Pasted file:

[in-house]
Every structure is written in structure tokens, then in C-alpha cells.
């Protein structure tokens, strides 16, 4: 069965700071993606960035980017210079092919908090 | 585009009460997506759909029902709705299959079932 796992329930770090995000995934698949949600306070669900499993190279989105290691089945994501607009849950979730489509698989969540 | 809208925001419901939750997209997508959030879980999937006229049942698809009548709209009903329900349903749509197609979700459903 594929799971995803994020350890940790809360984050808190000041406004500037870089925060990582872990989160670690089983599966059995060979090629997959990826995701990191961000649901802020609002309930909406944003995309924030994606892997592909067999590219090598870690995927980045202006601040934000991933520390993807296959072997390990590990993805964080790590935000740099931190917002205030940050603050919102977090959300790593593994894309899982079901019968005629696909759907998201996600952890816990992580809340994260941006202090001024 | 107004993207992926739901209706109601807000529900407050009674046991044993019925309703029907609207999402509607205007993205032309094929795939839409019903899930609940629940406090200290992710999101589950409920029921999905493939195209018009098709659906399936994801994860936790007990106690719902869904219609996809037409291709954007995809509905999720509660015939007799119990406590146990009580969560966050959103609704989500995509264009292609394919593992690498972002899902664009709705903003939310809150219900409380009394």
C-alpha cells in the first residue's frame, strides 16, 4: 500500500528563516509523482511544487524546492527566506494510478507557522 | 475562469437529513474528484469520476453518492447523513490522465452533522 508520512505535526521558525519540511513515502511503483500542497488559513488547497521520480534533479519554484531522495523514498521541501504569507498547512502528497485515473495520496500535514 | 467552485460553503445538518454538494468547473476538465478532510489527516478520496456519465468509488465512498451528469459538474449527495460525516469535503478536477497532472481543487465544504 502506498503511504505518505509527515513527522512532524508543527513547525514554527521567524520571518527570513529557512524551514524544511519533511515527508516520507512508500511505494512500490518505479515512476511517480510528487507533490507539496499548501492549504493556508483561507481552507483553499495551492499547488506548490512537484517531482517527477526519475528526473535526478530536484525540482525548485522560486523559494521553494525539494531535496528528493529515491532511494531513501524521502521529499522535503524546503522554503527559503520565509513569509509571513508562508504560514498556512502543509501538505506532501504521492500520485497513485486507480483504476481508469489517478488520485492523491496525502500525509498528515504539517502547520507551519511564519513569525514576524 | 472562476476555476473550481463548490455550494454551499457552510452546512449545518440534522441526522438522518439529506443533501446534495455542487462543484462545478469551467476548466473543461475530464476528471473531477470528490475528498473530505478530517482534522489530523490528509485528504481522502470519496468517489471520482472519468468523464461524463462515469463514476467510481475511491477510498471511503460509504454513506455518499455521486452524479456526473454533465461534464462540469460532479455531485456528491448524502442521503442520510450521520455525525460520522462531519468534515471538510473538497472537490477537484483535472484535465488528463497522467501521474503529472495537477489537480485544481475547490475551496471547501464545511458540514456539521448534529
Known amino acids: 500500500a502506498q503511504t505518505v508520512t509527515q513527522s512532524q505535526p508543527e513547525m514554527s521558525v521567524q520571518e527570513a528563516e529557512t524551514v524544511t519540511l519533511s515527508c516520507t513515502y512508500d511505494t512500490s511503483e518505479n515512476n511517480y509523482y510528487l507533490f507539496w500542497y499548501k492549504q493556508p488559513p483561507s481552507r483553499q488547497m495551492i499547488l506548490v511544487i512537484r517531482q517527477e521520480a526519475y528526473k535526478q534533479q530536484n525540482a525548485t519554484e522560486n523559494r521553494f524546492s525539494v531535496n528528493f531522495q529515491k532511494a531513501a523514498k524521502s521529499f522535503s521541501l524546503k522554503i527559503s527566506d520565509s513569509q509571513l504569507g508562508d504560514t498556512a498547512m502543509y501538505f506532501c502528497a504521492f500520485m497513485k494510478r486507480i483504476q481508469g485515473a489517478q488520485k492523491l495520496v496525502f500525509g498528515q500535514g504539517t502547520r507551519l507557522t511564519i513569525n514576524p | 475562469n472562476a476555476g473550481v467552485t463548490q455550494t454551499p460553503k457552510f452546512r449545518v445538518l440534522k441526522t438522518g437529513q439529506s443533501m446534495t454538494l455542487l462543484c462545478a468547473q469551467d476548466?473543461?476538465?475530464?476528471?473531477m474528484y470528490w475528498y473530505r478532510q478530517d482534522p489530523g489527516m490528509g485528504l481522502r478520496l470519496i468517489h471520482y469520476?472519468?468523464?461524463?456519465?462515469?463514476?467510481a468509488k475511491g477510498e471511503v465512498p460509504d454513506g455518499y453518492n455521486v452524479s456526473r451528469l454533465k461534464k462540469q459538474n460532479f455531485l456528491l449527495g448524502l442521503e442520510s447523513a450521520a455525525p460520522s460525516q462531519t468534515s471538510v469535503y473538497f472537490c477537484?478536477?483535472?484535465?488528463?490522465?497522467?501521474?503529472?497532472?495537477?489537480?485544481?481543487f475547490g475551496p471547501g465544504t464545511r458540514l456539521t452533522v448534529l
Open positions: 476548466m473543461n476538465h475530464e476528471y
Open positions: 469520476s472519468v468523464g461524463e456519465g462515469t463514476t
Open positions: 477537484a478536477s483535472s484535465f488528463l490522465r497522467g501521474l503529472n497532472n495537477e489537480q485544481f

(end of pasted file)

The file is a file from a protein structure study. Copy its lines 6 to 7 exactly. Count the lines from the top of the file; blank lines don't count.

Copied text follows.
Open positions: 476548466m473543461n476538465h475530464e476528471y
Open positions: 469520476s472519468v468523464g461524463e456519465g462515469t463514476t